Boeing CEO Dennis Muilenburg made a bold promise to travelers last Thursday.
When the grounded Boeing 737 Max planes return to the skies after a software fix due within weeks, they will be “among the safest planes ever to fly,” he said.
“We remain confident in the fundamental safety of the 737 Max,” Muilenburg said in a video accepting blame for Boeing’s role in two fatal Max 8 crashes in five months.
Skittish travelers will likely need more convincing, presenting a major challenge to airlines including Southwest, American and United when the planes return to their flight schedules.
Already, some are questioning Boeing’s confidence in the plane.
“737 Max is a super safe aircraft as long as it’s on the ground,” one Twitter user responded after Muilenburg posted a snippet of his video Thursday.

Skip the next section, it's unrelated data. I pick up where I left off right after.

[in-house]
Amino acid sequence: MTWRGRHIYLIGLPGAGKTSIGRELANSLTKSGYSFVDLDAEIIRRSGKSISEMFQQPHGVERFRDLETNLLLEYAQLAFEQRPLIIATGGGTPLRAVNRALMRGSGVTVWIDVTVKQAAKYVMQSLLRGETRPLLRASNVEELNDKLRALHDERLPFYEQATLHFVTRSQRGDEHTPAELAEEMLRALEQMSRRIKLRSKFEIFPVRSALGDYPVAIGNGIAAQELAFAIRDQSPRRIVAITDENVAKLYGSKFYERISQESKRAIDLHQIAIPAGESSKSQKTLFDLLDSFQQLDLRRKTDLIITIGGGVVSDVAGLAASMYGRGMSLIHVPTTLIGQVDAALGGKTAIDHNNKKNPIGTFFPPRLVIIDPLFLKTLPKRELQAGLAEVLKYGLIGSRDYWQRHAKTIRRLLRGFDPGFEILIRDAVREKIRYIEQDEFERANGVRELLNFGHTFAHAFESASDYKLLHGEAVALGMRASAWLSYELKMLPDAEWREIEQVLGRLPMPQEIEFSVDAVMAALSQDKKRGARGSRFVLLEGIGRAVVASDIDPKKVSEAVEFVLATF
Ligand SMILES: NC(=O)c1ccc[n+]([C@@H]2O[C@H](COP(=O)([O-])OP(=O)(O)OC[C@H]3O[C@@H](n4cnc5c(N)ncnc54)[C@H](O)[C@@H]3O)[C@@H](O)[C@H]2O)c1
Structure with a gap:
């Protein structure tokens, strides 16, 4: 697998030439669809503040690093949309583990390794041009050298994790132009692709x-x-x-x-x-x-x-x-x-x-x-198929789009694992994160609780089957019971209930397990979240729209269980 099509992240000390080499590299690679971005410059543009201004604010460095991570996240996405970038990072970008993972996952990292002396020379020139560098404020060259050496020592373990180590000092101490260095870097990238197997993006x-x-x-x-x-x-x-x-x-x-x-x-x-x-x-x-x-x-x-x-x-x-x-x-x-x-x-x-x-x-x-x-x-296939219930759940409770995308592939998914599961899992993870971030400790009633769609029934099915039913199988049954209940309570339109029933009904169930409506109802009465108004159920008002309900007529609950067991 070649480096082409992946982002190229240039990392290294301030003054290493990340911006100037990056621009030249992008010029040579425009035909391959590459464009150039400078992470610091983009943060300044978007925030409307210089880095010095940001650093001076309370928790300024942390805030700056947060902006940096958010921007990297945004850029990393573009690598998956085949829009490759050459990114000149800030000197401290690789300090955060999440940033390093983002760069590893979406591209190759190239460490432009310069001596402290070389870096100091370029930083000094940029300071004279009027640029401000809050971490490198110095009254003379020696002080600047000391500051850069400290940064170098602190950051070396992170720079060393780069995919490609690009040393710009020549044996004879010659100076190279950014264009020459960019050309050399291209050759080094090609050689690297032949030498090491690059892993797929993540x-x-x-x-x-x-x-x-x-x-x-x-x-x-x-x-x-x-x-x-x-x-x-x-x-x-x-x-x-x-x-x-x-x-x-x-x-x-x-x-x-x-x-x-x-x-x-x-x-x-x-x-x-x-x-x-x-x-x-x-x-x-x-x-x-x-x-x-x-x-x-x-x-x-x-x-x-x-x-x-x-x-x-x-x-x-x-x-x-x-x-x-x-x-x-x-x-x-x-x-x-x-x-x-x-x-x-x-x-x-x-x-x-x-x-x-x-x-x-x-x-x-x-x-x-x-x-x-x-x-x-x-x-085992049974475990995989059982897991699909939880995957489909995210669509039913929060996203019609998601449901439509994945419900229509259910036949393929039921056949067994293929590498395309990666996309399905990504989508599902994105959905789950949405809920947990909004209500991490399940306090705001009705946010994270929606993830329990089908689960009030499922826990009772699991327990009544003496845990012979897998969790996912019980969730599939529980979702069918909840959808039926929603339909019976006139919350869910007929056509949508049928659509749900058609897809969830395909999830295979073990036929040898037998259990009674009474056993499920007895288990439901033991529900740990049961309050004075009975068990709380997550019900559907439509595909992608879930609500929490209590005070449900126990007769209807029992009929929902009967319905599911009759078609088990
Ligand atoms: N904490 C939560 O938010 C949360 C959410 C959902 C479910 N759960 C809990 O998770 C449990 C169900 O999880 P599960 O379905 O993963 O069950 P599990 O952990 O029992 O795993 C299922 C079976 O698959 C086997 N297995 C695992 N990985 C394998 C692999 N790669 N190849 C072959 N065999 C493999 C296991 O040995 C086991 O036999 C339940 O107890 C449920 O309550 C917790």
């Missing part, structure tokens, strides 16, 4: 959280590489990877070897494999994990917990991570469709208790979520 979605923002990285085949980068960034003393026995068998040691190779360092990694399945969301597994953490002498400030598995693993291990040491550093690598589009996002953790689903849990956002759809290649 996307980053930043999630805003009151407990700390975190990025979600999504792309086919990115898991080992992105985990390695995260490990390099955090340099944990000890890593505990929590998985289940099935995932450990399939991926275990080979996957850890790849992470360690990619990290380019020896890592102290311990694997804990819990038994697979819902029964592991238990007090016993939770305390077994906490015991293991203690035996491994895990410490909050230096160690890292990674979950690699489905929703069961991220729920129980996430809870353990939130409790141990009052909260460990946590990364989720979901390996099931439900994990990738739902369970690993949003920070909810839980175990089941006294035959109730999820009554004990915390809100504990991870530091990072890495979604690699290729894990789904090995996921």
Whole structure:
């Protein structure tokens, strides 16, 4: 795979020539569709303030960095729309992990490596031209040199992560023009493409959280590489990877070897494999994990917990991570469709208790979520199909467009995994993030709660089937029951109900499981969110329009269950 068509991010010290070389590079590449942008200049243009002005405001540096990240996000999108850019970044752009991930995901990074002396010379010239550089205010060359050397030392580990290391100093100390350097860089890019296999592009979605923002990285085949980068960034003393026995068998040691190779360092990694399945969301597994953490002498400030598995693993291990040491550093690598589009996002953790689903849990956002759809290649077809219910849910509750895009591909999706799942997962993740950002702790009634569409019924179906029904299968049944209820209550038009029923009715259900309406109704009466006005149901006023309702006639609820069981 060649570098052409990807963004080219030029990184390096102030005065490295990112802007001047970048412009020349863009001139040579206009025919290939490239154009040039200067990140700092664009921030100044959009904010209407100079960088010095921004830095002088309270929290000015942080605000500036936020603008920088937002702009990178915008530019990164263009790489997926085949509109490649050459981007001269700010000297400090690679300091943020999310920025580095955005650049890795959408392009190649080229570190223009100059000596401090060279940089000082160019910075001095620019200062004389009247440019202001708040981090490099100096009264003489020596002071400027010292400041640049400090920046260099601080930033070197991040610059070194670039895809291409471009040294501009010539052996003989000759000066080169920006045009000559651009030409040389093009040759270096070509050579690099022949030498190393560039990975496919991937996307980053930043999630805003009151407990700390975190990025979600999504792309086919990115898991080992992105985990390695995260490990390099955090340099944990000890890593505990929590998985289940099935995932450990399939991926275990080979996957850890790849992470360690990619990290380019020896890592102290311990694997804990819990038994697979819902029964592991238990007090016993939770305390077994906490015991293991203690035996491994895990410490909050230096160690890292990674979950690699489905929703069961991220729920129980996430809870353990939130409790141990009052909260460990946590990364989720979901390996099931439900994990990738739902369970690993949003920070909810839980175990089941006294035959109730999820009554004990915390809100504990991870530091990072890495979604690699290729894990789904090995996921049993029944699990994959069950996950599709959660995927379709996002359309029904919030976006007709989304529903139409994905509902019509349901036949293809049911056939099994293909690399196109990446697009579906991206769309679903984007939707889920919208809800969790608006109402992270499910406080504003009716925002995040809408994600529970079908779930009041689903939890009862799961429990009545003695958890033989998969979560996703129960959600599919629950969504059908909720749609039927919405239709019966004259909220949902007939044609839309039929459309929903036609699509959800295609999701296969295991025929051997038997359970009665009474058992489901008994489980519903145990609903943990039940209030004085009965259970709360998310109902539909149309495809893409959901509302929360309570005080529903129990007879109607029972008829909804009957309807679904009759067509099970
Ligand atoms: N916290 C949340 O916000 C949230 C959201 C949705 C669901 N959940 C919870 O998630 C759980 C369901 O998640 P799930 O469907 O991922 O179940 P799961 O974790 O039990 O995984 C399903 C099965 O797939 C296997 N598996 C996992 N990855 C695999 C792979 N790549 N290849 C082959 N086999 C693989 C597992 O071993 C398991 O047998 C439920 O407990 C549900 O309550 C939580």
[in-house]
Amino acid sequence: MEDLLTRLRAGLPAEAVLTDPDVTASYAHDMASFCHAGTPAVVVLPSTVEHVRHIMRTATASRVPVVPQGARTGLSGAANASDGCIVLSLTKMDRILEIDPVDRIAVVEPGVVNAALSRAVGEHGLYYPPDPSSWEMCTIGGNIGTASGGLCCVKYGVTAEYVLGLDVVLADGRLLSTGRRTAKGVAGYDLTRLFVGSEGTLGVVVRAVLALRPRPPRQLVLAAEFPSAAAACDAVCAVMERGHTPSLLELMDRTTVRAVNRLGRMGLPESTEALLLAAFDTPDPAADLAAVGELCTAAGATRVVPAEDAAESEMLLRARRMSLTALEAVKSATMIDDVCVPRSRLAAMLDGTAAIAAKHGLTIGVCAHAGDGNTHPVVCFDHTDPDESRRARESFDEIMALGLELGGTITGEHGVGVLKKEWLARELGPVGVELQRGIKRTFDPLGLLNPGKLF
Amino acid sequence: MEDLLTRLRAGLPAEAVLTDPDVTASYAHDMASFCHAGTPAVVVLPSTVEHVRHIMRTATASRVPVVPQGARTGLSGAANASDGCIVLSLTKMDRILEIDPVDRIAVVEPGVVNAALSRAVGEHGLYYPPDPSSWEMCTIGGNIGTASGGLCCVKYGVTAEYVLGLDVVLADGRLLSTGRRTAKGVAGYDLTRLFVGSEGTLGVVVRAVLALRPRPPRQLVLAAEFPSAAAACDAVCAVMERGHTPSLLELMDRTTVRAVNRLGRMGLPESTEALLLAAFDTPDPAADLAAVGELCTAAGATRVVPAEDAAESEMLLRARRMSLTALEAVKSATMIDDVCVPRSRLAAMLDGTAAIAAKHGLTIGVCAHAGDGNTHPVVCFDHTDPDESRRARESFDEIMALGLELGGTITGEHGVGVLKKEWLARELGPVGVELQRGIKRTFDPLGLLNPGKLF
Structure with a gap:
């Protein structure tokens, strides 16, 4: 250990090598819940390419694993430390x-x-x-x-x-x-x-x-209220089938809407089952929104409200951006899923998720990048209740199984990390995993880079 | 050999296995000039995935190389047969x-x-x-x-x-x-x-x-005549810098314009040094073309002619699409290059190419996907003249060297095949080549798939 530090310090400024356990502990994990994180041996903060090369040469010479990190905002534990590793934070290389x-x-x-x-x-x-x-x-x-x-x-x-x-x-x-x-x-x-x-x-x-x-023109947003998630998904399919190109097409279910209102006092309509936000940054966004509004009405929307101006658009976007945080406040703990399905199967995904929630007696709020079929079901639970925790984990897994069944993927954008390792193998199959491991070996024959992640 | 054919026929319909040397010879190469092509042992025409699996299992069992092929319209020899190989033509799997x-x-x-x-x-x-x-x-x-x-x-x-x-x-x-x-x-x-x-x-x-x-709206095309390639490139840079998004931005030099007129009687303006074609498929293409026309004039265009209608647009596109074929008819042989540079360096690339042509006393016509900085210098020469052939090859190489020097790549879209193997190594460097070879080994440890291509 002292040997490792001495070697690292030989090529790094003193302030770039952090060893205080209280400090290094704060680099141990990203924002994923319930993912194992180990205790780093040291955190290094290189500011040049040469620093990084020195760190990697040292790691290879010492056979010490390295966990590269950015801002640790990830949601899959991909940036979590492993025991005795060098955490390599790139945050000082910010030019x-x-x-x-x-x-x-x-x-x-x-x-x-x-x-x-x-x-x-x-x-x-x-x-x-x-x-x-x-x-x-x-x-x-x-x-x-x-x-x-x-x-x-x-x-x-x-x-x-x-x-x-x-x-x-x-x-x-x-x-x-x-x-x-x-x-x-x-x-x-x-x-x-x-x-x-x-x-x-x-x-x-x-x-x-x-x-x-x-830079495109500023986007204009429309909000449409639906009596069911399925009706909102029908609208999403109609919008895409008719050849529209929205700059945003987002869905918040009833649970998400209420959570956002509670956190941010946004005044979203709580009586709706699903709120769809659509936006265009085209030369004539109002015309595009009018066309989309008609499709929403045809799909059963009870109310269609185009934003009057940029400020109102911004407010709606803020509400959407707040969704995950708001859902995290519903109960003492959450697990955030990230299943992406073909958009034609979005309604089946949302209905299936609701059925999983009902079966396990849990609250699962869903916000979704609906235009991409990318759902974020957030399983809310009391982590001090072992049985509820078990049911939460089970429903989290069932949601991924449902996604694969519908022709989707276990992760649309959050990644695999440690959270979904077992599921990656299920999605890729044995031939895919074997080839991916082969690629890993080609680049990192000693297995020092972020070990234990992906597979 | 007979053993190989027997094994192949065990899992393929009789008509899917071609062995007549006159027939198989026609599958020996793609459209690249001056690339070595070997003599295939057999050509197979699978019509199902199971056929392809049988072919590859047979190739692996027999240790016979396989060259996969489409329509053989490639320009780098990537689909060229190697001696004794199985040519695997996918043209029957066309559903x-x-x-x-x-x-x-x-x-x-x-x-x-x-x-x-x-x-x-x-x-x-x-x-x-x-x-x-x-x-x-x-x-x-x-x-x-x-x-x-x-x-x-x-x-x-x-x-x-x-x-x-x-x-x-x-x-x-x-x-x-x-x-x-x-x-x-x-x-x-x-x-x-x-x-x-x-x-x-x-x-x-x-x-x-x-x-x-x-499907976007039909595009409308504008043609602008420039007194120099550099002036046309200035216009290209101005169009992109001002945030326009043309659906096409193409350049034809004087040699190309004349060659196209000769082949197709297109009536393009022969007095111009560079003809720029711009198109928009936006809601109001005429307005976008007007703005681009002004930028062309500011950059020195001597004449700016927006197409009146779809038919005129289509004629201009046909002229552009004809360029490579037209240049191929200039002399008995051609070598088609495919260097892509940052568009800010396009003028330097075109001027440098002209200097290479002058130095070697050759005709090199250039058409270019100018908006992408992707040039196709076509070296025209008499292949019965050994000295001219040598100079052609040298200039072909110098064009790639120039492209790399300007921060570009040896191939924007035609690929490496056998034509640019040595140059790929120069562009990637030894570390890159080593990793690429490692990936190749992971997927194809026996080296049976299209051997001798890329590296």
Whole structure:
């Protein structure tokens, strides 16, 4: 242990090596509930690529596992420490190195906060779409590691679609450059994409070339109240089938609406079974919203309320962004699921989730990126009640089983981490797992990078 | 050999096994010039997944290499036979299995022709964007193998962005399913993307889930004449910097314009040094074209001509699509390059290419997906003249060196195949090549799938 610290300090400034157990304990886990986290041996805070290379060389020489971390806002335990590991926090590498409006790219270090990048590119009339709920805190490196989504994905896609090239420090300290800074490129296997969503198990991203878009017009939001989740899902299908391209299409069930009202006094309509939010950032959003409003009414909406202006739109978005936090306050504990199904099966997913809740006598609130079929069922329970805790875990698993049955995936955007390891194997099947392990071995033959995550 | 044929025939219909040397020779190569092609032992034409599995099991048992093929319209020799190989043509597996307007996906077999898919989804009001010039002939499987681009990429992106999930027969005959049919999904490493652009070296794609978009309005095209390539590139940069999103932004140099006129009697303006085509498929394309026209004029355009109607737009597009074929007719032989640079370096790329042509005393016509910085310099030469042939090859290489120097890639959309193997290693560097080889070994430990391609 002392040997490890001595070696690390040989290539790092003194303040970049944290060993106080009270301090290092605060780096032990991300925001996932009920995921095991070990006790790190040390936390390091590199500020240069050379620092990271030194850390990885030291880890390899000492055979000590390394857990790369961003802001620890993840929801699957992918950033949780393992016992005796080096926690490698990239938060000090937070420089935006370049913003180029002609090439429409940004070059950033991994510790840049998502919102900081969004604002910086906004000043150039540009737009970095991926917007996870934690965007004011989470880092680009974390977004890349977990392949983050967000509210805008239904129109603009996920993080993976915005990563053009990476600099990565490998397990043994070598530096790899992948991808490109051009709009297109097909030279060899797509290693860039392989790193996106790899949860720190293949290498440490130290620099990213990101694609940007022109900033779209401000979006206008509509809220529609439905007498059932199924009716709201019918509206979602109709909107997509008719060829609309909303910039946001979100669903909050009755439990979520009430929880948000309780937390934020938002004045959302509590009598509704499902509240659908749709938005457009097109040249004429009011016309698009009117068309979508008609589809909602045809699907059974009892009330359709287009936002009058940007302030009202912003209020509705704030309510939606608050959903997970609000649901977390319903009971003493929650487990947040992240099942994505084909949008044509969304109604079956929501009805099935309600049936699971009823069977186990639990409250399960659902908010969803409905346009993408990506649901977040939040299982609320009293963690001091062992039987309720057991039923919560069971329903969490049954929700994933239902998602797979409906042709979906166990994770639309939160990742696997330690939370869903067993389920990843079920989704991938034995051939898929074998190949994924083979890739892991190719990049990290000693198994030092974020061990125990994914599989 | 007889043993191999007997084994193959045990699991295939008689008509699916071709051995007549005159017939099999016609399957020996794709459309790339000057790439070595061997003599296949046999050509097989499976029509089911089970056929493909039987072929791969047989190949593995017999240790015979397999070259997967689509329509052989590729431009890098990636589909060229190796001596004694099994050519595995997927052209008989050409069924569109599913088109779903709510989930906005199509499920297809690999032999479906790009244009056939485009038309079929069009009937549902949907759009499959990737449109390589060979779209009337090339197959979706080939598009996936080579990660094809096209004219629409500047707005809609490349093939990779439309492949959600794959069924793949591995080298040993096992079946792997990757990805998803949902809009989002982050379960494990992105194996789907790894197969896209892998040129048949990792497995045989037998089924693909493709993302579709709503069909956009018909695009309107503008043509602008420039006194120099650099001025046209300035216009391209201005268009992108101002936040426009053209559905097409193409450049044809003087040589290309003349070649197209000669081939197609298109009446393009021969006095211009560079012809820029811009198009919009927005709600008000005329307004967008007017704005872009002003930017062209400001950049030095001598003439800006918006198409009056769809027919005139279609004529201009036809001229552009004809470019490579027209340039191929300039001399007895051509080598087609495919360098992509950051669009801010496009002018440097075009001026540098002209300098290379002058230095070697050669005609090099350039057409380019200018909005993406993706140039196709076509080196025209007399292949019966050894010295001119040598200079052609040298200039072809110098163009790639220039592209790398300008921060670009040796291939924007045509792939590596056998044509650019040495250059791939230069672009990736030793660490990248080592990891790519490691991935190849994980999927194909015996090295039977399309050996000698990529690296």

Another said, “I won’t ride in a plane that requires special software to keep it from stalling.” An anti-stalling system has been implicated in both crashes.
Airlines won’t talk about their marketing plans for reintroducing the Max since there is no timeline for its return given the ongoing crash investigations and the software fix, which requires the blessing of the Federal Aviation Administration and additional pilot training. And on Friday, not unexpectedly, Boeing said it is temporarily slowing the production of its 737 line.
There’s a lot of work ahead to convince travelers the plane is safe since the 737 Max has become a household word and is tainted in so many travelers’ minds.
No carrier is more aware of the looming challenge than Ethiopian Airlines, though the concern among its customers will be magnified given the March 10 Max 8 crash that killed 157.